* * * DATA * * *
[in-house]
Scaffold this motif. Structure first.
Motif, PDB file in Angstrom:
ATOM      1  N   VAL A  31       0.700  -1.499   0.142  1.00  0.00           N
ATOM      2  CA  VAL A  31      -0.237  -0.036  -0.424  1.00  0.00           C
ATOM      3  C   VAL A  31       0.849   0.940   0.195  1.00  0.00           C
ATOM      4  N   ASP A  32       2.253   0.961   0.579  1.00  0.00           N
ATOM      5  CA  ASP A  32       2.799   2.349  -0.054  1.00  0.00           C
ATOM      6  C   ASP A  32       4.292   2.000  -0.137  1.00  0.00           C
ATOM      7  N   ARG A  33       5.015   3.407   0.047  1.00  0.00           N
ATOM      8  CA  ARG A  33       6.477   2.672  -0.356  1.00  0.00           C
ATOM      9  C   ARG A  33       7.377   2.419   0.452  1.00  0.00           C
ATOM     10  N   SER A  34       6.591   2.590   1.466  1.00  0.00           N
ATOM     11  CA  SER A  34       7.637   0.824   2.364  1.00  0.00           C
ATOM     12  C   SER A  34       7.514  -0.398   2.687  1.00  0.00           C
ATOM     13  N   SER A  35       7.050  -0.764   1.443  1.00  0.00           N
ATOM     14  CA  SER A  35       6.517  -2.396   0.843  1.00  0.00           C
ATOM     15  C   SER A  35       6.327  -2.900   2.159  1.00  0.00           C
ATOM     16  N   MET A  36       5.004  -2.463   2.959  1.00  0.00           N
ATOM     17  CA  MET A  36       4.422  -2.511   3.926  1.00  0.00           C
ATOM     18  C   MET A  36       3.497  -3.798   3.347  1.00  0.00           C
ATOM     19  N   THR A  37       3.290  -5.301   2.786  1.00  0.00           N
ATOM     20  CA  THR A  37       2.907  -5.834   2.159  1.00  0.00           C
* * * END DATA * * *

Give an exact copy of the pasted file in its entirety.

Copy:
[in-house]
Scaffold this motif. Structure first.
Motif, PDB file in Angstrom:
ATOM      1  N   VAL A  31       0.700  -1.499   0.142  1.00  0.00           N
ATOM      2  CA  VAL A  31      -0.237  -0.036  -0.424  1.00  0.00           C
ATOM      3  C   VAL A  31       0.849   0.940   0.195  1.00  0.00           C
ATOM      4  N   ASP A  32       2.253   0.961   0.579  1.00  0.00           N
ATOM      5  CA  ASP A  32       2.799   2.349  -0.054  1.00  0.00           C
ATOM      6  C   ASP A  32       4.292   2.000  -0.137  1.00  0.00           C
ATOM      7  N   ARG A  33       5.015   3.407   0.047  1.00  0.00           N
ATOM      8  CA  ARG A  33       6.477   2.672  -0.356  1.00  0.00           C
ATOM      9  C   ARG A  33       7.377   2.419   0.452  1.00  0.00           C
ATOM     10  N   SER A  34       6.591   2.590   1.466  1.00  0.00           N
ATOM     11  CA  SER A  34       7.637   0.824   2.364  1.00  0.00           C
ATOM     12  C   SER A  34       7.514  -0.398   2.687  1.00  0.00           C
ATOM     13  N   SER A  35       7.050  -0.764   1.443  1.00  0.00           N
ATOM     14  CA  SER A  35       6.517  -2.396   0.843  1.00  0.00           C
ATOM     15  C   SER A  35       6.327  -2.900   2.159  1.00  0.00           C
ATOM     16  N   MET A  36       5.004  -2.463   2.959  1.00  0.00           N
ATOM     17  CA  MET A  36       4.422  -2.511   3.926  1.00  0.00           C
ATOM     18  C   MET A  36       3.497  -3.798   3.347  1.00  0.00           C
ATOM     19  N   THR A  37       3.290  -5.301   2.786  1.00  0.00           N
ATOM     20  CA  THR A  37       2.907  -5.834   2.159  1.00  0.00           C